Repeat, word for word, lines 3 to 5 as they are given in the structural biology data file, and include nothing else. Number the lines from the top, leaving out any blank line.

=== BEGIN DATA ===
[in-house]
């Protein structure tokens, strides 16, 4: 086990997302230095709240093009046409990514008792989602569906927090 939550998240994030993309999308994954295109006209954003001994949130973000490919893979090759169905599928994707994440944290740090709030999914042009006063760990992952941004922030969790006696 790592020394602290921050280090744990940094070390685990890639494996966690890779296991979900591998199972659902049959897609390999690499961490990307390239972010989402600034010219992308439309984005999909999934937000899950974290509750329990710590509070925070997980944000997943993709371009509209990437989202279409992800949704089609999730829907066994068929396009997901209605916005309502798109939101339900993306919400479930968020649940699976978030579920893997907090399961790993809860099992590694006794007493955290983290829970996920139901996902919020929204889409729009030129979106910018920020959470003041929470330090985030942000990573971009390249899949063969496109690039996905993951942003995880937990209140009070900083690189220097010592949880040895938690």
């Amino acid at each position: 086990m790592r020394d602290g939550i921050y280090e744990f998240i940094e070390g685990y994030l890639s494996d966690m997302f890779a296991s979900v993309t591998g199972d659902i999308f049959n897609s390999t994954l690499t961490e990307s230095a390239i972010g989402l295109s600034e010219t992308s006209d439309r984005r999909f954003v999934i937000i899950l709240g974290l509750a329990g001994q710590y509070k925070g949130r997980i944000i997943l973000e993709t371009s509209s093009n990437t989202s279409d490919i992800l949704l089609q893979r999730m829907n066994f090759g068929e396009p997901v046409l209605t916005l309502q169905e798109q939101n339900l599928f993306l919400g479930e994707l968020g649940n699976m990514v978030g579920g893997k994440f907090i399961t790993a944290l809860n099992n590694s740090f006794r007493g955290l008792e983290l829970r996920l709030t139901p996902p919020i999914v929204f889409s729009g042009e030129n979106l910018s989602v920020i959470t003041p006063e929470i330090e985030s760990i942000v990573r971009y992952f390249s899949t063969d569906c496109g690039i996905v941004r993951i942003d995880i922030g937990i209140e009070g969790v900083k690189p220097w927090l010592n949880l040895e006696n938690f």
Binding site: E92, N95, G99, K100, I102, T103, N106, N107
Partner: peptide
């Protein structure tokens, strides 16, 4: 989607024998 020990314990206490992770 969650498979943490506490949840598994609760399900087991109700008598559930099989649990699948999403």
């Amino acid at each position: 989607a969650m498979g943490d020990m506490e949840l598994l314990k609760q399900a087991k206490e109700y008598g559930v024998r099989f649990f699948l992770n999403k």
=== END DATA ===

């Amino acid at each position: 086990m790592r020394d602290g939550i921050y280090e744990f998240i940094e070390g685990y994030l890639s494996d966690m997302f890779a296991s979900v993309t591998g199972d659902i999308f049959n897609s390999t994954l690499t961490e990307s230095a390239i972010g989402l295109s600034e010219t992308s006209d439309r984005r999909f954003v999934i937000i899950l709240g974290l509750a329990g001994q710590y509070k925070g949130r997980i944000i997943l973000e993709t371009s509209s093009n990437t989202s279409d490919i992800l949704l089609q893979r999730m829907n066994f090759g068929e396009p997901v046409l209605t916005l309502q169905e798109q939101n339900l599928f993306l919400g479930e994707l968020g649940n699976m990514v978030g579920g893997k994440f907090i399961t790993a944290l809860n099992n590694s740090f006794r007493g955290l008792e983290l829970r996920l709030t139901p996902p919020i999914v929204f889409s729009g042009e030129n979106l910018s989602v920020i959470t003041p006063e929470i330090e985030s760990i942000v990573r971009y992952f390249s899949t063969d569906c496109g690039i996905v941004r993951i942003d995880i922030g937990i209140e009070g969790v900083k690189p220097w927090l010592n949880l040895e006696n938690f």
Binding site: E92, N95, G99, K100, I102, T103, N106, N107
Partner: peptide